Fix Your Radiator: How To Fix The 5 Most Common Problems
There’s nothing more annoying than returning home on a freezing cold day to find that your radiators are not working properly, but it’s important not to panic. Radiators can develop a range of common faults, many of which can be fixed easily and inexpensively. You may even be able to get to the root of the problem and rectify your radiator issues yourself, depending on what’s causing your radiators not to work.
Below, we’ve listed the 5 most common radiator problems and shared advice on the best course of action to take when faced with these particular issues.
1)Radiator is cold at the top
If one (or more) of your radiators is cold at the top but warm at the bottom, it’s highly likely that there is trapped air in your radiator. This is a very common problem and usually makes itself known when you first turn your heating back on once the summer is over. Removing the trapped air is as simple as bleeding your radiator, which can be done using a radiator bleed key. If you don’t own a key, you can buy one from your local DIY store.
Here is a simple step-by-step guide on how to bleed your radiators:
- Before you bleed your radiator, make sure your central heating is switched off and the radiator is completely cool.
- Locate the bleed valve, usually found at the top left or right of your radiator.
- You’ll need to open the valve slightly (not fully) using the bleed key, making sure you turn the screw anti-clockwise until you hear hissing, which is the sound of the trapped air escaping. It’s a good idea to hold a cloth beneath the bleed valve when doing this so that you can catch any water that escapes.
- When the hissing stops and a steady stream of water appears from your radiator, turn the key clockwise to close the bleed valve.
Just be sure to check the pressure of your boiler gauge before turning your heating back on, as the pressure may need to be rebalanced.
2) Radiator is cold in the middle or at the bottom
Unfortunately, a radiator that is cold in the middle or at the bottom but hot at the top is a trickier problem to fix. The most likely cause of this is a build-up of sludge, which may be blocking the middle or bottom area of your radiator and preventing that section from heating up. To correct this, you’ll need to flush out the sludge that’s living inside your radiator. The easiest way to remove the sludge is to call in a professional to carry out a power flush. Having said that, you can purchase a sludge remover to flush out the system yourself, provided that you have an unpressurized and tank fed open-vent system. If you have a pressurized system, you will have no other option than to get help from a Gas Safe engineer.
3) Radiator is not heating up at all
If only one of your radiators is refusing to heat up, you could have a stuck or frozen thermostatic valve, which prevents water from getting into your radiator. The thermostatic valve is usually situated beside the base of the radiator and can seize up when it starts to get old. To get to the bottom of this issues, you’ll need to remove the top part of the valve to reveal a pin. Then, use your finger to put a little pressure on the pin to see whether it’s able to move freely. If it won’t move, you can try and loosen it with your finger and a squirt of grease or WD40. Should this not work, you must contact a qualified heating engineer to replace your thermostatic valve.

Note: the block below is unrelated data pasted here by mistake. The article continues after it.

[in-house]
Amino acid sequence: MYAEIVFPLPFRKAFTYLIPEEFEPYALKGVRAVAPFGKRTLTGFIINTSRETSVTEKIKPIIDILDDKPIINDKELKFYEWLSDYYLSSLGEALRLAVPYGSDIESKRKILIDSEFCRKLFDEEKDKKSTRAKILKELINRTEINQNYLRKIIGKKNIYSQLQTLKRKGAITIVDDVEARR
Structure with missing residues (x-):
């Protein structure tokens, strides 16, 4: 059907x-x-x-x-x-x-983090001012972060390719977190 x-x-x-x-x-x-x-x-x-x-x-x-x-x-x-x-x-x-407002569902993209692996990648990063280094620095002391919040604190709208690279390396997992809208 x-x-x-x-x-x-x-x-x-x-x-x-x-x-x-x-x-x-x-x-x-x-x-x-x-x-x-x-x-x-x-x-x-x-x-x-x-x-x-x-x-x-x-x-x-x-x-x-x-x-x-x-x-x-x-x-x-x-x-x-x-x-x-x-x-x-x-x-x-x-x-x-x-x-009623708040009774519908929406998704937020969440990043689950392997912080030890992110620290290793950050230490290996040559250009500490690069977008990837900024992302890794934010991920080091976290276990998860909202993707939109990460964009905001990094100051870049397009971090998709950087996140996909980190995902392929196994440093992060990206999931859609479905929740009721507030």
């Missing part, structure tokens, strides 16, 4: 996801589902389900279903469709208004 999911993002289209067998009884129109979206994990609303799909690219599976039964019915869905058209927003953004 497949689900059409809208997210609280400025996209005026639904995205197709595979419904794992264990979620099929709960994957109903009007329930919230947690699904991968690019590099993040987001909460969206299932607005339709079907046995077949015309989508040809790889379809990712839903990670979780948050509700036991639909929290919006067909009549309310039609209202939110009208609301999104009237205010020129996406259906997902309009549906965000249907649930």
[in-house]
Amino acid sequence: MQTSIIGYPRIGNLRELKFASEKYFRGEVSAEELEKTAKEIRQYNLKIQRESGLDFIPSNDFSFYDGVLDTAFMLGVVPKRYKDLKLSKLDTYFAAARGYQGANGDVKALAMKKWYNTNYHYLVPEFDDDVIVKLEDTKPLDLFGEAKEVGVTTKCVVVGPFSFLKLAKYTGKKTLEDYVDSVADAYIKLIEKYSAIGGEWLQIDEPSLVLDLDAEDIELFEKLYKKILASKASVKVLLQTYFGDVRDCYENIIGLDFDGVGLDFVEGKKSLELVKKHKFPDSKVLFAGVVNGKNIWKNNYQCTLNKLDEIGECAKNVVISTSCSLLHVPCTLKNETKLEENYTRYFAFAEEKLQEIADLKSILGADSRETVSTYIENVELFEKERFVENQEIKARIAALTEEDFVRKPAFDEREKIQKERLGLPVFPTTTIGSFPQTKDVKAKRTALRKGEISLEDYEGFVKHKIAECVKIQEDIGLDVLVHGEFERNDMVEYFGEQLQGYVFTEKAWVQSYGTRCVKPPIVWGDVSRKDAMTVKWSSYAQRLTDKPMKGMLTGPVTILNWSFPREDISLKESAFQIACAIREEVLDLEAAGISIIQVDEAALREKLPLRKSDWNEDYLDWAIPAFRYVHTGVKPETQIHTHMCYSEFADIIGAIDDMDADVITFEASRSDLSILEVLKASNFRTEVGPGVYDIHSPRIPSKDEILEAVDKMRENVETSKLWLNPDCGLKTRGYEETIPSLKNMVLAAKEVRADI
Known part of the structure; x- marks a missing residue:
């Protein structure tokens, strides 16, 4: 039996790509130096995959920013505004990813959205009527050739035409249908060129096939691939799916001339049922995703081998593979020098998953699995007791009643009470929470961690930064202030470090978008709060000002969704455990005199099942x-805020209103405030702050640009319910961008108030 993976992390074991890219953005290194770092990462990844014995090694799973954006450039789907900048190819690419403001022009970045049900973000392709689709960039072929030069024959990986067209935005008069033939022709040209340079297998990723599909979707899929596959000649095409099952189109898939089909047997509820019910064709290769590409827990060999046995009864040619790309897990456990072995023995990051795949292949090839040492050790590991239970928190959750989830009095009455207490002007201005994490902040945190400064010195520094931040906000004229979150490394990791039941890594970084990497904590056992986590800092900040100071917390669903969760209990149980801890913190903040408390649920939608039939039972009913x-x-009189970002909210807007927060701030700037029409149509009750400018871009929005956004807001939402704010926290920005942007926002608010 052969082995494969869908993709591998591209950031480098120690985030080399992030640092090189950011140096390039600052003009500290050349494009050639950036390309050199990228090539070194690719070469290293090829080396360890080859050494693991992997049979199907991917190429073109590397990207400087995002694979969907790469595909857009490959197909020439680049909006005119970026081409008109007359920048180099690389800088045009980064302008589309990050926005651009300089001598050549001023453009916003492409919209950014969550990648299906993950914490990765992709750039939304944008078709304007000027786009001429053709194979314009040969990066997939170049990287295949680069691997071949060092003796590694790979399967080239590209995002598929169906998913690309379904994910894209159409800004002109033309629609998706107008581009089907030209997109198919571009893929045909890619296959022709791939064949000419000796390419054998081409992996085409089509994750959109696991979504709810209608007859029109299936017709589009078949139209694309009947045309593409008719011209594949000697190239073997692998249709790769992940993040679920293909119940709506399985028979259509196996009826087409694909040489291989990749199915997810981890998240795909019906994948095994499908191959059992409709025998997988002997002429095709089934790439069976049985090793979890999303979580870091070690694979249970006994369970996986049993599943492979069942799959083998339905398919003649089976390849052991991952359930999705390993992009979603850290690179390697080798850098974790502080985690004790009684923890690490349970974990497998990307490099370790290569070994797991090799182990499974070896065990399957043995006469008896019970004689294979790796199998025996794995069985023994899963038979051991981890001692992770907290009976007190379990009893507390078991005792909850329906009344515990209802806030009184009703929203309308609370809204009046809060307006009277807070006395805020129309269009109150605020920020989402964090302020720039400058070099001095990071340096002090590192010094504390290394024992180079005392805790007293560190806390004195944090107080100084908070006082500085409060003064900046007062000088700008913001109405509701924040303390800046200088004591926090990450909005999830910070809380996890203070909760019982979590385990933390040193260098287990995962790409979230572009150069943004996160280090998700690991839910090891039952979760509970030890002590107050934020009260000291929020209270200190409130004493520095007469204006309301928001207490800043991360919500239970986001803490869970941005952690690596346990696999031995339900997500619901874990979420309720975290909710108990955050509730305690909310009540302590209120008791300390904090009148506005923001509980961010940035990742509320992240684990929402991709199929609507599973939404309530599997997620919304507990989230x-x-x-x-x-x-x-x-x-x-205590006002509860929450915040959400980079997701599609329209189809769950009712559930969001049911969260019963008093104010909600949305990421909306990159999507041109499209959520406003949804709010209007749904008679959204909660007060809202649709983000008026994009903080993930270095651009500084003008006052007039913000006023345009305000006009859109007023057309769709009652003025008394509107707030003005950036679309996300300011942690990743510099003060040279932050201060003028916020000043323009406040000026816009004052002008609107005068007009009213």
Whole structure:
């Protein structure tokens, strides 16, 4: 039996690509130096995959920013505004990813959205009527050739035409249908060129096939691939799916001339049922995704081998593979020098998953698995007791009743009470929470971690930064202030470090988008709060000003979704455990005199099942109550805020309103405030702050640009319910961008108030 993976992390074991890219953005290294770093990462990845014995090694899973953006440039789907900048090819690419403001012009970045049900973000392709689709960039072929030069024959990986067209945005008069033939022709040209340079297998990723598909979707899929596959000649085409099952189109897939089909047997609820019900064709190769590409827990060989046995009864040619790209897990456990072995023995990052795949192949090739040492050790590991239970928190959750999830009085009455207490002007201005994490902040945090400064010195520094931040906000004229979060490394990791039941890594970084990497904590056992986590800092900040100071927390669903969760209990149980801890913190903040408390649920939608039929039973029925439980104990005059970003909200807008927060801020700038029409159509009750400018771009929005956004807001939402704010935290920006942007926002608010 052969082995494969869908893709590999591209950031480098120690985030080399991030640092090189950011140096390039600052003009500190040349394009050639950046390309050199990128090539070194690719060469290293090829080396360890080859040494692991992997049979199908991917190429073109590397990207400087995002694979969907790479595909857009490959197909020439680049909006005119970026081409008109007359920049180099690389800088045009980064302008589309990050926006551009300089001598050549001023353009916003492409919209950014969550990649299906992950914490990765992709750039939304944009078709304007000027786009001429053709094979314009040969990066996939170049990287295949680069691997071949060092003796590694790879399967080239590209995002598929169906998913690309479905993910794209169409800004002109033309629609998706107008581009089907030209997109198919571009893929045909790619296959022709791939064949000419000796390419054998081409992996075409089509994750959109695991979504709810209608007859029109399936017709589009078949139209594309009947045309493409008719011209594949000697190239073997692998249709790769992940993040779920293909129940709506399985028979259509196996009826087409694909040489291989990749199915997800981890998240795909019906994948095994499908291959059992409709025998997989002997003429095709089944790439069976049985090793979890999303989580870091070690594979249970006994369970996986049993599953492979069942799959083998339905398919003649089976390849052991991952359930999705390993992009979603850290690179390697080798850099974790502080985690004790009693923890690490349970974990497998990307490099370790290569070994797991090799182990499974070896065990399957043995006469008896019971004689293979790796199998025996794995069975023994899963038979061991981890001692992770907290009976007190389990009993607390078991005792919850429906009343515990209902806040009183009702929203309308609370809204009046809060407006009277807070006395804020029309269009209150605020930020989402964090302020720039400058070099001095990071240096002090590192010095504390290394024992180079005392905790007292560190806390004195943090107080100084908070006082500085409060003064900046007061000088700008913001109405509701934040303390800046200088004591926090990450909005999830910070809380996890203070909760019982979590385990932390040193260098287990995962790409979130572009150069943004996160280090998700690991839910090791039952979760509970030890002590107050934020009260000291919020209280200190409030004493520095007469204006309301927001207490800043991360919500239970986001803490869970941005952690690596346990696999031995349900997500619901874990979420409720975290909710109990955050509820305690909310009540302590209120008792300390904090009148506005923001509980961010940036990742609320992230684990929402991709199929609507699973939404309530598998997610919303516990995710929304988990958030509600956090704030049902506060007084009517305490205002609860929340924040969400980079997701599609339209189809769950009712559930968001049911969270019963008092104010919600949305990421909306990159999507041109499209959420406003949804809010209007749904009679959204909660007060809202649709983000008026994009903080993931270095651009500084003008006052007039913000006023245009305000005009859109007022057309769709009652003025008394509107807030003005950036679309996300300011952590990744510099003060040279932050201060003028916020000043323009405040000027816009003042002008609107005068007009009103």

4) Radiator is leaking
There are a number of issues that can cause a radiator to leak, such as corrosion or a leaking valve. You can use a towel to dry the surface of your radiator and the valves to determine where exactly the leak is coming from. Once dry, look for the section of the radiator that stays wet, as this will be the problem area.
If you discover that the valve is leaking, this is the easiest thing to put right. A leak can occur when the valve has been left in the mid-open position, so check this first. If the valve needs repairing, you must follow these steps in order:
- Drain the system and turn off the supply valve and lockshield valve.
- Place some towels under the leaking valve before unscrewing the union nut which connects the radiator and water pipe.
- Open up the bleed valve to release the remaining water from the radiator (you may need to use a bucket to catch this water).
- Once the radiator is empty, tightly wrap some PTFE tape around the valve tail, then re-tighten the union nut and re-open the bleed and lockshield valves.
- Finally, check for leaks once the system has re-filled and before you close the bleed valve. If the leak persists, you’ll need to replace the valve.
Corrosion is also a common culprit of a leaking radiator and it’s an issue that can’t be rectified. So, if the leak is caused by corrosion, you’ll need to purchase a replacement radiator.
5) Radiator is making unusual noises
You might hear a ticking sound every now and then, which is quite normal as your radiator will do this when it’s heating up or cooling down. If the same sound can be heard from under the floor, this will be your pipes expanding and, like your ticking radiator, needs no attention.
Sometimes, your radiator may make a whistling noise when the water flow rate is too low or too high. To stop this, turn the radiator valves fully on.
When you can hear tapping or banging sounds, you should bleed your radiator as this is usually caused by trapped air (see problem 1 to find out how to bleed your radiator). If this doesn’t work, you’ll probably need to call out a Gas Safe engineer to get to the bottom of your noisy radiator issue.
REMEMBER:Although some minimal risk problems with radiators do not require professional assistance, you must never try to resolve major issues yourself as this is dangerous and could cause costly damage to your property. Don’t forget, you can also seek help from a qualified heating engineer if you would rather not carry out simple tasks (such as bleeding your radiators) yourself.